Sunday, August 4, 2013

Ayelet HaSchachar©

 By Vardah Littmann

 Rav Meir Chodosh, zatzal,(1898-1989), Mashgiach of Yeshivas Chevron, Ateres Yisrael, and Ohr Elchanan, was known to say: “Israelis who were born here have missed something - the deep excitement of the feeling ‘I made aliyah to Eretz Yisrael.’ Even for those people coming from Chutz Laaretz to live here today, it is not the same. Nowadays the world is small and one can arrive easily. But once, to be zocheh to arrive here was the height of attaining what one longed for. ”

 The Vilna Gaon (5480/1720–5558/1798) had tried twice, in 1772 and in 1782, to settle in Eretz Yisrael, but both times a Heavenly decree prevented him from realizing his dream.
  
According to the Gra, the Geulah will come about in the same way that it had in the days of Ezra Hasofer (at the beginning of the Second Temple Period). At first, there had to be an awakening from below (isarusa d’l’sata), which entailed settling in Eretz Yisrael and building Yerushalayim both spiritually and physically. “Spiritually” means making Yerushalayim the Torah center of the world; “physically” means expanding the Yishuv of Yerushalayim within and beyond its walls.  These steps would  allow the light of Moshiach to shine forth and enable his coming.                                        

It is because “Your servants have cherished her stones and favored her dust” (Tehillim 102:15) that “You will arise and show mercy to Zion, for the time to favor her at the designated time has come” (ibid.102:14). That is to say, to the extent we hasten the Redemption by cherishing her (Yerushalayim’s ) stones and favoring her dust (building her up), the Redemption will hasten toward us.

The era of settlement of talmidei HaGra in the Holy Land was the beginning of the resettlement of the Land in modern times. In this period, the journey to reach the longed for Eretz Chemdah (Desired Land) took many weeks and months. In fact the expedition of the first group of talmidim took almost a year and its participants gave praise and thanksgiving to HaShem for meriting them a kivizat haderech (a shortening of the way).

In the beginning of the winter of 5569 (1809), preparations were made by the first group of the students of the Gra for the aliyah to Eretz Yisrael. They were aptly called “Ayelet HaShachar” (“The Breaking of Dawn.”). Shortly before their departure, Rav Menachem Mendel of Sklov was sent ahead to make arrangement for the group’s coming.

The excitement was palpable; all felt a great occurrence was taking place. Even so, the moments of parting were extremely hard as fear gripped their hearts. Who knew what hardships and real life-threatening dangers they would encounter on the way? Rumors of pirates abounded.

Yet, motivated by the vision of the Gra, they felt they were taking the first steps towards the Geulah, and therefore they let nothing deter them. They felt they had a Heaven-directed mission and this sustained them to brave the challenges of settling the neglected and primitive country that Eretz Yisrael was at that time.

They were not immigrating because they were fleeing from oppression or anti-Semitism. They had no need to leave their land of origin. Some of them belonged to the wealthiest and most respected families in Lithuania, and there were many great talmidei chachamim among them. They were idealists who came solely because of their yearning to carry out their master’s vision.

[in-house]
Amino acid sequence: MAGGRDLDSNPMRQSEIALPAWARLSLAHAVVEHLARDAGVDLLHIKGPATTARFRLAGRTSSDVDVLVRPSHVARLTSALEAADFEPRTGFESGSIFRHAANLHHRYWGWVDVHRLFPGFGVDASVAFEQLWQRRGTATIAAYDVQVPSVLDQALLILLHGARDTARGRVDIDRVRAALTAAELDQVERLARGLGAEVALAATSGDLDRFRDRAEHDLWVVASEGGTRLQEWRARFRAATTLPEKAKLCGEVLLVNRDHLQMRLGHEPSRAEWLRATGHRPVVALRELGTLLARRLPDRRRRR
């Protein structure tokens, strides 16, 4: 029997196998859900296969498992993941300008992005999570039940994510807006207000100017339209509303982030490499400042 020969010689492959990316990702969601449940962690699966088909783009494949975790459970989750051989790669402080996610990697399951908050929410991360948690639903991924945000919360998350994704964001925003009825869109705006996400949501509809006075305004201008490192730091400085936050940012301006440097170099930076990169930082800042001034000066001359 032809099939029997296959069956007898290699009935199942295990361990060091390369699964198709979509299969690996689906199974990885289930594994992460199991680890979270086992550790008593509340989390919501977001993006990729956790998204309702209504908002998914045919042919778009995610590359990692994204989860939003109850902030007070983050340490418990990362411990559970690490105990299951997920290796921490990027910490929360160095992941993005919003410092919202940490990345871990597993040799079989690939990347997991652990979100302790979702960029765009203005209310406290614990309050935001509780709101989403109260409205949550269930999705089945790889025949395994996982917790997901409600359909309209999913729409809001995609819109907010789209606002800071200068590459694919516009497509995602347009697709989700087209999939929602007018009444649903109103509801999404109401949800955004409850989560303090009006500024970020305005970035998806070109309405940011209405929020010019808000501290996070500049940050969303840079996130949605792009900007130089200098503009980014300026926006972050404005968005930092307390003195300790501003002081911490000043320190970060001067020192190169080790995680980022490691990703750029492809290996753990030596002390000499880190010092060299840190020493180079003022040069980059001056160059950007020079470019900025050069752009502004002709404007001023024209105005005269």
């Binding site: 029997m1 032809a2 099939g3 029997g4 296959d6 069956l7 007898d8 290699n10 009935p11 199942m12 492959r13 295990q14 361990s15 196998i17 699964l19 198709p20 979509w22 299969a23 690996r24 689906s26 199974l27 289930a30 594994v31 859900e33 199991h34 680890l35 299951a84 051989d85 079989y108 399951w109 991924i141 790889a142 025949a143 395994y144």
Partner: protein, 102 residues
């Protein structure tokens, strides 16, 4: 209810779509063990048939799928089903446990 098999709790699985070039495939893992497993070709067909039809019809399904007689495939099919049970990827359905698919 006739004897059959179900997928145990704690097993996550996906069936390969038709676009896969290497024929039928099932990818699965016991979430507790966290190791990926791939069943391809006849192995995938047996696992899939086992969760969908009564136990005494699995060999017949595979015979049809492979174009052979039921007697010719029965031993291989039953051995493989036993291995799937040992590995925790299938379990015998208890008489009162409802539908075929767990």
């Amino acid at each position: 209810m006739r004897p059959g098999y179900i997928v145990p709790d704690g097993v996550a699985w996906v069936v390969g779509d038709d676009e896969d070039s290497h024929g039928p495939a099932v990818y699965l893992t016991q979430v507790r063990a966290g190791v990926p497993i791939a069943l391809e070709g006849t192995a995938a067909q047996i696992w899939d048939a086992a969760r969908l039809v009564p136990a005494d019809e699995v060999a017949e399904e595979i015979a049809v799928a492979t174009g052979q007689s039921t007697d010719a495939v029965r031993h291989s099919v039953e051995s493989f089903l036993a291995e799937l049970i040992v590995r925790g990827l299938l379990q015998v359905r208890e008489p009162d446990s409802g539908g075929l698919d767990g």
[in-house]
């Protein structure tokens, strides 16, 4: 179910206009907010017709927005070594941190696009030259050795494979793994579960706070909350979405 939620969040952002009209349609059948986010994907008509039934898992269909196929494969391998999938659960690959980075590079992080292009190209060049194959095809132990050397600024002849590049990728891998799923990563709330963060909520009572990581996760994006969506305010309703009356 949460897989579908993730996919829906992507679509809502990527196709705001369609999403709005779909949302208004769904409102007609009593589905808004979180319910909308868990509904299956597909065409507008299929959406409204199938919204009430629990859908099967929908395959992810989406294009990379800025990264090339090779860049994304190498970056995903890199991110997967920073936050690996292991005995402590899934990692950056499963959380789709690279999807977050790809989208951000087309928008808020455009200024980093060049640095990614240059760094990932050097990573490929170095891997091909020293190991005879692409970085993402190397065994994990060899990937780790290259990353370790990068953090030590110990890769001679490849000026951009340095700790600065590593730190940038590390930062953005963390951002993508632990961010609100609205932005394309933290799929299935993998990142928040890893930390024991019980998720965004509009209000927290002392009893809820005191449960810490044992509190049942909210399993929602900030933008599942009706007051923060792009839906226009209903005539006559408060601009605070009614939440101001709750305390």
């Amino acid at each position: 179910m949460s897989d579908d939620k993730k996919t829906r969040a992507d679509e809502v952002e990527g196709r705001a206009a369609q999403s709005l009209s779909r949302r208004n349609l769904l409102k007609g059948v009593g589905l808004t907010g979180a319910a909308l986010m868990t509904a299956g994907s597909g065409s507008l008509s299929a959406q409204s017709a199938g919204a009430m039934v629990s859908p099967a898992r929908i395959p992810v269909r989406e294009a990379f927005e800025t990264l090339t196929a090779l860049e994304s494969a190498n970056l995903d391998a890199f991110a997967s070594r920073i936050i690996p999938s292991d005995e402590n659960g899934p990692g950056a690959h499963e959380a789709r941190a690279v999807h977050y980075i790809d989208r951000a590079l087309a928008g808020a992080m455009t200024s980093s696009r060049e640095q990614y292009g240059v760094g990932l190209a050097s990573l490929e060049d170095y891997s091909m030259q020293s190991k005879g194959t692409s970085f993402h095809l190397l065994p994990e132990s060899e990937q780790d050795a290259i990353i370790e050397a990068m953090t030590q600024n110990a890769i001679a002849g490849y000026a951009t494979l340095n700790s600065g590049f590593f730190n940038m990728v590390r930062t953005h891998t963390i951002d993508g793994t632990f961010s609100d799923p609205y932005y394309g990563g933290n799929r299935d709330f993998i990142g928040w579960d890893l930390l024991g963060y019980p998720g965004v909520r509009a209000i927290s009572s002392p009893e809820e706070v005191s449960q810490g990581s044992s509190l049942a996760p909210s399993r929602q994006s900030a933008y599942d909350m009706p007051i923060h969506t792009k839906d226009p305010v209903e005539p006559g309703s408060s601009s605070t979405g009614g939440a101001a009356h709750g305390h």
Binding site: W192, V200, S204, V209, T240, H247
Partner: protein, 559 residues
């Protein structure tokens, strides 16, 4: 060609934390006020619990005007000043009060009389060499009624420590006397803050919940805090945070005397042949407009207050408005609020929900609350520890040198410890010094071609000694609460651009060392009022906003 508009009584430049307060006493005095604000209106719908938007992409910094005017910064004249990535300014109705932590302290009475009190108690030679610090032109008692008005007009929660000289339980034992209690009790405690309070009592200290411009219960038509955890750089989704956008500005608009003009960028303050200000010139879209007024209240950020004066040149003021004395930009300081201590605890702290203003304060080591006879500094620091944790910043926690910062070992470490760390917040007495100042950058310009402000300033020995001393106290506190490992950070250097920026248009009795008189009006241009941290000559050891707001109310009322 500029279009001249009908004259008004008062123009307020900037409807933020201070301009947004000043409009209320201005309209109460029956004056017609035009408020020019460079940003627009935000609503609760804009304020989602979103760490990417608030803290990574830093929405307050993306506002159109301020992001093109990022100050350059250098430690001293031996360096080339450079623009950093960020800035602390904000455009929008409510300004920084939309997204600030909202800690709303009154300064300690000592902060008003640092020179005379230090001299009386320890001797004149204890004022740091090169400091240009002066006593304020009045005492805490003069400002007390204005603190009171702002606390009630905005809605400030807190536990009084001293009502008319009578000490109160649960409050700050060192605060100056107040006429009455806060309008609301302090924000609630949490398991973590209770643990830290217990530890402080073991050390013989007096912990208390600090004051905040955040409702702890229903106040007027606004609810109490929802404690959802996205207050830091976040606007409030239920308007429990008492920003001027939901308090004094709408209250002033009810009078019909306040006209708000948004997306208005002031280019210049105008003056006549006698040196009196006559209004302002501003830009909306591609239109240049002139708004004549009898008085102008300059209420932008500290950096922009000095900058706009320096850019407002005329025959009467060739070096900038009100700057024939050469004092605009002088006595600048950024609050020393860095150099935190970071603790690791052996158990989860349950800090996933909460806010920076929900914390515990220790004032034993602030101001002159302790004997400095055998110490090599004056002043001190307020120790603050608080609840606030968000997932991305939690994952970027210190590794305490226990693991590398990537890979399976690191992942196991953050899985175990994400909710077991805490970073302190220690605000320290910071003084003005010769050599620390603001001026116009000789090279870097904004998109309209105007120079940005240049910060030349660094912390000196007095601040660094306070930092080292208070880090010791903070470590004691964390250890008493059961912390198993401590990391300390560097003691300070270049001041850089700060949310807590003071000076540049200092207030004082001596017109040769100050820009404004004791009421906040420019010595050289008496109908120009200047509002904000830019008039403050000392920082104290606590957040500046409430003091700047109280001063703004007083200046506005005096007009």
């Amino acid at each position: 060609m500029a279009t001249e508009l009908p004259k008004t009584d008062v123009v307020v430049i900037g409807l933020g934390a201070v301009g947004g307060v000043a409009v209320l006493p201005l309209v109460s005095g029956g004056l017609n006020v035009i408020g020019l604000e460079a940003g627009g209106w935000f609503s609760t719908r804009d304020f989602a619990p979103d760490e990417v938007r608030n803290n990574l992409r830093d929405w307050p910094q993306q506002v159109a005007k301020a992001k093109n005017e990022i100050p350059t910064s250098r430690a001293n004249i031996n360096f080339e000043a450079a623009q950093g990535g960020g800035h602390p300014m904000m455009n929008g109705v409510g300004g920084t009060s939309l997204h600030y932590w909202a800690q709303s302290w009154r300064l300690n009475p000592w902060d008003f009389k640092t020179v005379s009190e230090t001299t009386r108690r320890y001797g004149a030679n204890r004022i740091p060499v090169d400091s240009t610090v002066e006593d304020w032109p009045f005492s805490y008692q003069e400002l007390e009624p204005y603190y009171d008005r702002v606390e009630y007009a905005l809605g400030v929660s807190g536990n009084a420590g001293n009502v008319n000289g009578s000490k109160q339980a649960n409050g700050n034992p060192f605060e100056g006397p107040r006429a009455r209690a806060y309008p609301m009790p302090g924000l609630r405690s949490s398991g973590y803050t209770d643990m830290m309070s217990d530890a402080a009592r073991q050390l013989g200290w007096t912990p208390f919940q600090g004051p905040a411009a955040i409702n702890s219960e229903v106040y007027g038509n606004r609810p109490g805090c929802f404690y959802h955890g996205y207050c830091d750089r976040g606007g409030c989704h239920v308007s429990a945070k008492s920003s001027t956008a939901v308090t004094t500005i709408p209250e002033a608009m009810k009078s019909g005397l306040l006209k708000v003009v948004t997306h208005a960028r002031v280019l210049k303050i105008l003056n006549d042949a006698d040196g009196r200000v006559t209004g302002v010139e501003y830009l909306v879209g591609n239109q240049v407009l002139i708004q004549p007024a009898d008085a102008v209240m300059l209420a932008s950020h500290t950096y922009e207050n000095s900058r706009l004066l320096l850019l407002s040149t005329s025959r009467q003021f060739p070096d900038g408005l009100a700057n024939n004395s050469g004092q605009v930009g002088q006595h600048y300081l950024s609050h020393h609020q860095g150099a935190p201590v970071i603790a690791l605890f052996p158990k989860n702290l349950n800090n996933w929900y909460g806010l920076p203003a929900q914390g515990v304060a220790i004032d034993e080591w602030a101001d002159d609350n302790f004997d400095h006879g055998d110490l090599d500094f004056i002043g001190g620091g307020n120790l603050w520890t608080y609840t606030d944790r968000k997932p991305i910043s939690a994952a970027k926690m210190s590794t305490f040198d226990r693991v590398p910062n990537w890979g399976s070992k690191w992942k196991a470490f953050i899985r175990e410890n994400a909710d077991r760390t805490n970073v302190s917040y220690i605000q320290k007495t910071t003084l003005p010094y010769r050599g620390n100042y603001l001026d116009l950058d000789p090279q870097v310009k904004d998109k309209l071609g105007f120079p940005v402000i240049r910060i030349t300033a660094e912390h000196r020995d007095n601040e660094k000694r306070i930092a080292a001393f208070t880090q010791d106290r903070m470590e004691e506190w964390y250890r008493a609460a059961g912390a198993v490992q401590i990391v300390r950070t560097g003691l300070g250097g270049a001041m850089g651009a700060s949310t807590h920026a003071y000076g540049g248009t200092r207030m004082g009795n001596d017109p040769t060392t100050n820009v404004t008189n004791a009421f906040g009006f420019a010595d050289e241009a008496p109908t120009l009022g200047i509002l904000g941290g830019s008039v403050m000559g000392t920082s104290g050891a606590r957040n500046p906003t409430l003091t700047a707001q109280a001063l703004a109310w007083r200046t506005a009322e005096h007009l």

There were 70 people in this first group. Many of the olim had given their wives a conditional divorce because the future was so unclear. However, many families were also going up.

Ayelet  HaShachar  left White Russia in Shvat  of 1809, and the group made its way to the port city of Odessa. In each town they passed, they were received in great joy and given much honor. “Parting- parties” were given for them where people sang “Next year in Jerusalem.”

They boarded the four ships that had been rented in advance. When the ships reached coastal towns, the brave among them would descend and acquire food for the next stage of the voyage. Many times the sea was turbulent and rocky. The passengers, especially the women and children, got seasick.

At one point, the captain refused to take them further unless they paid an exorbitant sum. With no other choice, they agreed.
 
By Pesach they reached Izmir. The town’s people provided their needs for the chag. Immediately after the holiday, they set out again, but pirates were viewed up ahead. The sailors hastily returned the ships to the shore. The frightened passengers took out their weapons; books of Psalms and poured forth heart-rendering prayers.

Eventually they reached Beirut. From here, they intended to continue by land. They found some Druze guides and were about to close a deal with them to take the group inland when an urgent message arrived from the city residents that these Druze should not be trusted. They were known to murder their clients and then take all their possessions as booty .

The group hurriedly stopped negations, and they felt they had been miraculously saved from a tragic end. They continued by boat to Haifa and then on to the Galil, reaching Tzfas on the 8th of Elul, 5569.  

The new olim were astounded at the desolation of the Land. They had heard reports that all was wasteland but as Our Sages say, “The hearing of something cannot compare with seeing it.” The kinot of Tisha b’Av echoed in their minds’ ear. Yet despite all this, their hearts soared upwards for having merited to reach the Eretz Chemdah, the land promised to Am Yisrael. 

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